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Chula Vista Center deal part of $1.34B transaction

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The 880,000-square-foot Chula Vista Center is being spun off into a new portfolio held by a Rouse Property Co. subsidiary.

The mall is just one component in what The CoStar Group (Nasdaq: CSGP) has billed as a 143 property, 30-mall $1.34 billion portfolio being transferred from General Growth Properties (NYSE: GGP) to Rouse (NYSE: RSE).

The CoStar announcement follows a Bloomberg News Jan. 12 report that the malls had been transferred into the Rouse portfolio, which itself just became a publicly traded REIT on Jan. 12.

Bloomberg didn't specifically mention The Chula Vista mall, which was included as part of CoStar's data.

The center is anchored by a Sears, along with an accompanying auto center that had been owned by the retailer but has been acquired and placed into the Rouse portfolio, according to CoStar. Other anchors at the center include Macy's, UltraStar Cinemas, JC Penney and Olive Garden.

The portfolio sale does not include the 800,000-square-foot Otay Ranch Town Center, which was hit very hard by the recession, in Eastern Chula Vista.

Chicago-based General Growth did not return calls; it wasn't clear whether the Otay Ranch Town Center will be placed into the Rouse Portfolio at a future date.

That center was built in 2006, while the Chula Vista Center dates back to the 1970s.

While the Chula Vista Center has performed well, since the recession's end, it had some trouble before.

It lost a Mervyn's store late in the last decade, along with a film company and an Uno Restaurant,among some other sizable tenants.

The Otay Ranch Town Center had its own problems. The eastern Chula Vista property was hurt by the wave of foreclosures that hit eastern Chula Vista.

While a huge partnership that owned the Chula Vista Center filed for bankruptcy in April 2009, the big retail REIT managed to keep other properties including the Otay Ranch Town Center, out of bankruptcy court.

The bankruptcy was huge enough. In fact, with $27 billion in debt, it was then billed as the largest real estate bankruptcy in U.S. history.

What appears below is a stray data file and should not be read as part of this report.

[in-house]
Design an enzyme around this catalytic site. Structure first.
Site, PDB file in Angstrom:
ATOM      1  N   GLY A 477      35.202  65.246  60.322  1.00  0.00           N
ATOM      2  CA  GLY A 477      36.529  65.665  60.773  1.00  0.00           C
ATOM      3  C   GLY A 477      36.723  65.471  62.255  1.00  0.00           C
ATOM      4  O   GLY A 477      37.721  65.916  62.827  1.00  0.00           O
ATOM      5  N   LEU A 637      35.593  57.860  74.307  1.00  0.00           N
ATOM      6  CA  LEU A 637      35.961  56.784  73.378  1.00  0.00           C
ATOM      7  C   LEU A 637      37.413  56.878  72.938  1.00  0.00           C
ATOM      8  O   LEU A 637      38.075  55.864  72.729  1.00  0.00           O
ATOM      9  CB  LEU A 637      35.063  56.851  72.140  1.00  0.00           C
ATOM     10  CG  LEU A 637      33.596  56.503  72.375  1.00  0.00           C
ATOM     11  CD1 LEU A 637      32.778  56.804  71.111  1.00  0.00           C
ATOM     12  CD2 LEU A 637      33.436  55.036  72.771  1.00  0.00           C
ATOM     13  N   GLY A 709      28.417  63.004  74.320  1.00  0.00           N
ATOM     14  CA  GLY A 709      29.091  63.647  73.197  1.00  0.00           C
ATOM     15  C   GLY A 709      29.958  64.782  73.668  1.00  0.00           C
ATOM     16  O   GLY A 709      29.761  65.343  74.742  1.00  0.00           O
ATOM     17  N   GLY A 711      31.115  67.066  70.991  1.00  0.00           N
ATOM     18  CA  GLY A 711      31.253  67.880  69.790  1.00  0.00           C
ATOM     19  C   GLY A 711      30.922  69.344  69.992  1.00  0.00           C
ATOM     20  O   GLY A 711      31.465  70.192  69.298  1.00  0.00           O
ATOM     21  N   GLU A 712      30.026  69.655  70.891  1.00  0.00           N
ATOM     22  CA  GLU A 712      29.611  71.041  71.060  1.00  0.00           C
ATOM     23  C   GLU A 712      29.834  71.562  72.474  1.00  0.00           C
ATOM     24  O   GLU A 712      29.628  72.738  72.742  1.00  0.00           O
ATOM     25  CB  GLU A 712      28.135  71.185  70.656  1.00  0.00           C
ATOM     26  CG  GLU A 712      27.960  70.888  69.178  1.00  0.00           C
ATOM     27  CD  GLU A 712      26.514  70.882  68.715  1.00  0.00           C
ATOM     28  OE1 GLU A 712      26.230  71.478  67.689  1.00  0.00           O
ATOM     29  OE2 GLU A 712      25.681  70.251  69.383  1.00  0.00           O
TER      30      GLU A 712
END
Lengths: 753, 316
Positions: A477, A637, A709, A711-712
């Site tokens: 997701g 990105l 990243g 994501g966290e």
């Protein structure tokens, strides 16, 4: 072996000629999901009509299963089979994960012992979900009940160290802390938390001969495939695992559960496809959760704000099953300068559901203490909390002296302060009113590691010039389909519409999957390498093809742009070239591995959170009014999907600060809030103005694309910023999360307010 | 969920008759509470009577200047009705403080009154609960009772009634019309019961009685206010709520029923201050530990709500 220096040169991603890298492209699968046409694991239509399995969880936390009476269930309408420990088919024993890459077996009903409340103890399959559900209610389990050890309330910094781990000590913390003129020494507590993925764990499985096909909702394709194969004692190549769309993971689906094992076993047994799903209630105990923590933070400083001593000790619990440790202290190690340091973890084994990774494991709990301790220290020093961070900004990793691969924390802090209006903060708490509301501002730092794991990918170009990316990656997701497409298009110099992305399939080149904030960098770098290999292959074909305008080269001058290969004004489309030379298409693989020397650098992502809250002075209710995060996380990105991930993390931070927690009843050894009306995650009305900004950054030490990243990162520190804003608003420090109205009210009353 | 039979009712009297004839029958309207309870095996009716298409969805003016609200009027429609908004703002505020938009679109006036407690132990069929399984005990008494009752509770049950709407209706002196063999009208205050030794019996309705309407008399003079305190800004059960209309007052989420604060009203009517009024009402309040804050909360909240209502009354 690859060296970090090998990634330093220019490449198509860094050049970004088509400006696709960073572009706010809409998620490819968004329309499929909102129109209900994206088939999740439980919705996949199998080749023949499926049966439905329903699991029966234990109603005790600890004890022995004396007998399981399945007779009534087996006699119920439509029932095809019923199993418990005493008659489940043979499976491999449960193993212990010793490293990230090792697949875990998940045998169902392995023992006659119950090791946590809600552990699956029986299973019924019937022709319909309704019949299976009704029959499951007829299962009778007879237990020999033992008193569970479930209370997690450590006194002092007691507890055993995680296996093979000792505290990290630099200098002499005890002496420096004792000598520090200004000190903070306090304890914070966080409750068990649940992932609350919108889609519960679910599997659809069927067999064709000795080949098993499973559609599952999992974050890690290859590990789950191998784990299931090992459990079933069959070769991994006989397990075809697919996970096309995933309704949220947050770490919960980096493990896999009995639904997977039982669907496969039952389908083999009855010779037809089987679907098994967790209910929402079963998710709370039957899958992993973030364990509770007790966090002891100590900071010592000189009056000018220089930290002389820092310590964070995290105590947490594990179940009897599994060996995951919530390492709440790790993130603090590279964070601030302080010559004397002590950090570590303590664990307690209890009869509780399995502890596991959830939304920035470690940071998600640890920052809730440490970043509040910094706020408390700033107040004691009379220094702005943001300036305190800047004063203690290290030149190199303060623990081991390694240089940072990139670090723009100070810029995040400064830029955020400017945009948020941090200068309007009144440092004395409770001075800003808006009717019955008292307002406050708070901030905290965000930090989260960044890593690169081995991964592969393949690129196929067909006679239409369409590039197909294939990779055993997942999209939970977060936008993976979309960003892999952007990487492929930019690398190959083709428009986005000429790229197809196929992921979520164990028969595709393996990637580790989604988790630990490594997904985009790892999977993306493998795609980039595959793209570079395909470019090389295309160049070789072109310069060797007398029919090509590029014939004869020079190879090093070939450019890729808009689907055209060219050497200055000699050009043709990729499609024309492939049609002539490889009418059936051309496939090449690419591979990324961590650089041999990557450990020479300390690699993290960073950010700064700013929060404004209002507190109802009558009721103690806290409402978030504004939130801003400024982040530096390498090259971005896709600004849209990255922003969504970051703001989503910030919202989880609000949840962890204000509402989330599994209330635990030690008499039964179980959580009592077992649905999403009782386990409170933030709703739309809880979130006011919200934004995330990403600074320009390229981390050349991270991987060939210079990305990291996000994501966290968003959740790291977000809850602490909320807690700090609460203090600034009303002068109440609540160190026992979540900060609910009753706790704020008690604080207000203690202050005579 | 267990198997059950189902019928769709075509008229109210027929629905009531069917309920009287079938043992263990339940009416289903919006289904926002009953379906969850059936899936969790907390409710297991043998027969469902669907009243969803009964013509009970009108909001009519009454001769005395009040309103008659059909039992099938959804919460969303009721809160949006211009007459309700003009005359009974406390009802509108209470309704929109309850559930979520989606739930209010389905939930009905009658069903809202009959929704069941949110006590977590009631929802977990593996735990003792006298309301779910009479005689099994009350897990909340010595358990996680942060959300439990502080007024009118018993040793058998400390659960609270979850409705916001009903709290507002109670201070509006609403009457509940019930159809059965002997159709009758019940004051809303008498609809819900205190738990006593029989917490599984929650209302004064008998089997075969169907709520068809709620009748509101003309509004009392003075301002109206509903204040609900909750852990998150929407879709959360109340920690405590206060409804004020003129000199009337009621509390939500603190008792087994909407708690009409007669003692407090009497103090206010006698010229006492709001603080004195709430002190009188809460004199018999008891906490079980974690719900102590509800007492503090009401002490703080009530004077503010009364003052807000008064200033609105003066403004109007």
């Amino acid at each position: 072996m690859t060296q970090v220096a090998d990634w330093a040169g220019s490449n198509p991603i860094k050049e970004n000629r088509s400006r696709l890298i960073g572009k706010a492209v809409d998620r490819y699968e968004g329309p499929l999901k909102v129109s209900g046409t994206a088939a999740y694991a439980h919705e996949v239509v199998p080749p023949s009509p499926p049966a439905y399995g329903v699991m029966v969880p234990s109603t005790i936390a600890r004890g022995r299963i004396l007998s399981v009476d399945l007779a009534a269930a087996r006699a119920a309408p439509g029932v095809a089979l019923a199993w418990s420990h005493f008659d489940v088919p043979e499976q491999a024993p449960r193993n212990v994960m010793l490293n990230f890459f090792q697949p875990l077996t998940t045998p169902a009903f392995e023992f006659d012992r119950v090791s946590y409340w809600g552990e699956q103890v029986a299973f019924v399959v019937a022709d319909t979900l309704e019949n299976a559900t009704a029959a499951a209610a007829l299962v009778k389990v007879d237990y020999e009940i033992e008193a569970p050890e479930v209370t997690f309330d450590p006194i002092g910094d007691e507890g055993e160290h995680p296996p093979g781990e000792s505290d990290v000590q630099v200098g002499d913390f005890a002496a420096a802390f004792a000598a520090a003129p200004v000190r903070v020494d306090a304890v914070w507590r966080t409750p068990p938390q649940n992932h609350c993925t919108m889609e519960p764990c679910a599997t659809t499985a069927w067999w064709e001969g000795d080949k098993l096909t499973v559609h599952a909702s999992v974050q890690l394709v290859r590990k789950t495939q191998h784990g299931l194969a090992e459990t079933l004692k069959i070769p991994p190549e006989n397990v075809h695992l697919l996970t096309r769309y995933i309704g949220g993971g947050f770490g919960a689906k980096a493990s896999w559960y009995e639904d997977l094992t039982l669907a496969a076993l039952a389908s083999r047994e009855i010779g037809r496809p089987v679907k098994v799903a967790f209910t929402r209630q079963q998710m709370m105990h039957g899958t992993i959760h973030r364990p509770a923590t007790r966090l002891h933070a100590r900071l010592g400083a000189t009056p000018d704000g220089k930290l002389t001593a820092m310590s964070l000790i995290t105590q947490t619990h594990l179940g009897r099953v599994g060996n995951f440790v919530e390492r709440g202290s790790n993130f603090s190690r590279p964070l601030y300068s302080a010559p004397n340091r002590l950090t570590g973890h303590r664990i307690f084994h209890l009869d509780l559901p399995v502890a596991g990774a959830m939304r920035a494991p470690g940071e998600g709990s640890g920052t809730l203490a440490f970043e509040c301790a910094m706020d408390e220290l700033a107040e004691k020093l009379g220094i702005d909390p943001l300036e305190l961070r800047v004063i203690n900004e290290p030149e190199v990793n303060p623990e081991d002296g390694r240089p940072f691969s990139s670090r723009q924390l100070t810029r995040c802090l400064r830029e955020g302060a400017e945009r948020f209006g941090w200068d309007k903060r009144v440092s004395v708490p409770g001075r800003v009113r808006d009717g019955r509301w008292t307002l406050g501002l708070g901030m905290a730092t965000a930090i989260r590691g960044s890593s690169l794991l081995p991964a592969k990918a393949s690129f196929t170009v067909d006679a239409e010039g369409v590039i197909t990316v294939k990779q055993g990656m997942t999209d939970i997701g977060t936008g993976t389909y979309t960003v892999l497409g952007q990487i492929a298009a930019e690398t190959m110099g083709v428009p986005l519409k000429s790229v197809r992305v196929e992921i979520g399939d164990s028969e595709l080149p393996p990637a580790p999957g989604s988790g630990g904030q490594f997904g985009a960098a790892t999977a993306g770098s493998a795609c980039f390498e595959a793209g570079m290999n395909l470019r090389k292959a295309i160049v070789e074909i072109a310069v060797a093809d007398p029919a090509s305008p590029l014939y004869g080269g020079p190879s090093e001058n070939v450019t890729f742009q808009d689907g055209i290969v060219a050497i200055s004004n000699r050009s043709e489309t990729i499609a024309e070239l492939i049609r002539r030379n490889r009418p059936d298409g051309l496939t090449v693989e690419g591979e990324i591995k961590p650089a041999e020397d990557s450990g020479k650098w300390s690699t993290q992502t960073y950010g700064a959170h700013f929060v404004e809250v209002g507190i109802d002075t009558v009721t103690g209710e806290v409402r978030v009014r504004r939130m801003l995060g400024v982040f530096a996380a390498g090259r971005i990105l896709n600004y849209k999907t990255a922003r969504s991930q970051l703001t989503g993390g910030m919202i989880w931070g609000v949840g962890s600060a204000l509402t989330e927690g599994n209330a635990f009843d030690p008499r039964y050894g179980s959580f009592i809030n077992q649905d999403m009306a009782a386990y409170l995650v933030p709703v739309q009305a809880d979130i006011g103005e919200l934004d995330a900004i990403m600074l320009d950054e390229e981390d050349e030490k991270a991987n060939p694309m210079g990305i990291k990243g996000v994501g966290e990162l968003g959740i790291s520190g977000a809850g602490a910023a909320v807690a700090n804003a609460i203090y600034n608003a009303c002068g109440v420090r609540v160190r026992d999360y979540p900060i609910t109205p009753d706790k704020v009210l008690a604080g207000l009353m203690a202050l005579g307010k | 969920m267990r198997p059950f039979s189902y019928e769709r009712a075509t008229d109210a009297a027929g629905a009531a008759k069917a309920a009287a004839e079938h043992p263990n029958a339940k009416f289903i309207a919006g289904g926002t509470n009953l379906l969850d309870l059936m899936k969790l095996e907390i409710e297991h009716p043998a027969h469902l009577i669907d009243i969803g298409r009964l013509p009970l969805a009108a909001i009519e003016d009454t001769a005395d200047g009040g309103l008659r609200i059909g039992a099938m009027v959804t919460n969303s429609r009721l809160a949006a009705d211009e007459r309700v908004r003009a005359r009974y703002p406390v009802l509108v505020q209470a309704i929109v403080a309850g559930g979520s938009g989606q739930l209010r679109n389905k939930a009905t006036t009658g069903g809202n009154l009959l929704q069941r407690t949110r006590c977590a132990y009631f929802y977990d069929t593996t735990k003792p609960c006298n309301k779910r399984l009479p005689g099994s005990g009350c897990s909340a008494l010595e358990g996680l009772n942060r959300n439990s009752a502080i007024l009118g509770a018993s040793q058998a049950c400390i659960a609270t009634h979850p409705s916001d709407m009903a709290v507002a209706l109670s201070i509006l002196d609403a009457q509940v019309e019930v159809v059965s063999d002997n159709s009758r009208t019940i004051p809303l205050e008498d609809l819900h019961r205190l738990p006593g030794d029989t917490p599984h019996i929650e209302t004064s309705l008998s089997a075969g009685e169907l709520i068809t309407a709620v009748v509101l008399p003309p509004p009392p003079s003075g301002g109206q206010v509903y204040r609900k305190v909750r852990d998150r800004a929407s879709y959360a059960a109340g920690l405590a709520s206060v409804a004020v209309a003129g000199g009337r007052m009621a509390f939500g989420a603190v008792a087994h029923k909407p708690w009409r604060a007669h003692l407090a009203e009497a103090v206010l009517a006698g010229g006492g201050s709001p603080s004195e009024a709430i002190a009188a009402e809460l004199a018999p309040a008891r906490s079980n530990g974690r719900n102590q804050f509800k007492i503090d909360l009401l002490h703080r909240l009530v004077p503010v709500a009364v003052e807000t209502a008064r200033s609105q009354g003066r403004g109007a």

A single German lender was owed the equivalent of $2.59 billion U.S. dollars at the time.

The Chula Vista Center, which underwent significant renovations in 2004, has continued to perform quite well during the past year.

It is 95 percent leased or perhaps a little better, according to CoStar, and has solid tenants ranging from Olive Garden to Burlington Coat Factory. Other malls in the package also seem to be faring well.

“It’s not a troubled portfolio,” Craig Guttenplan, an analyst at CreditSights Inc. in London, told Bloomberg News. “It’s just properties with less growth potential.”

Rouse’s 30 malls are 88 percent occupied and generate sales of about $280 per square foot, wrong Nathan Isbee, an analyst at Stifel Nicolaus & Co. , NYSE:SF) (NYSE: SF), in a Nov. 11 report.

General Growth had tenant sales of $471 a square foot on a trailing 12-month basis as of Sept. 30, and a 92.7 percent occupancy rate for its regional malls, the company said on Nov. 9.

Rouse, based in New York, plans to spend $200 million on property redevelopment by the end of 2015 to boost net operating income, the company said in a regulatory filing last month. It did not say how much might be spent here.

General Growth has emerged from bankruptcy, and its balance sheet looks better today.

The mall REIT posted $256.57 million in net income on $684.77 million in revenues for the three months ended Sept. 30 -- compared to a loss of $233.77 million on $687.43 million in revenues for the like period a year earlier.

For the nine months ended Sept. 30, General Growth posted $54.66 million on $2.02 billion in revenues -- compared to a $297.05 million loss on $2.06 million in revenues for the comparable period in 2010.

General Growth, which paid $7.2 billion for Rouse in 2004, reported the spinoff will allow the company to focus on its better-performing centers.

The newly created Rouse REIT has managed to obtain a 3 ½-year, $100 million revolving credit facility from Brookfield Asset Management, Inc. (NYSE: BAM) to help fund its future acquisitions.

The spinoff gives Rouse malls in 19 states encompassing approximately 21 million square feet of space.

Andrew Silberfein took over as chief executive officer of Rouse on Jan. 2, according to a regulatory filing.

Silberfein previously was executive vice president of retail and finance at Forest City Ratner Cos., where he had worked since 1995.

Bloomberg News contributed to this report.

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Chula Vista Center

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555 Broadway, Suite 1019
Chula Vista, CA 91910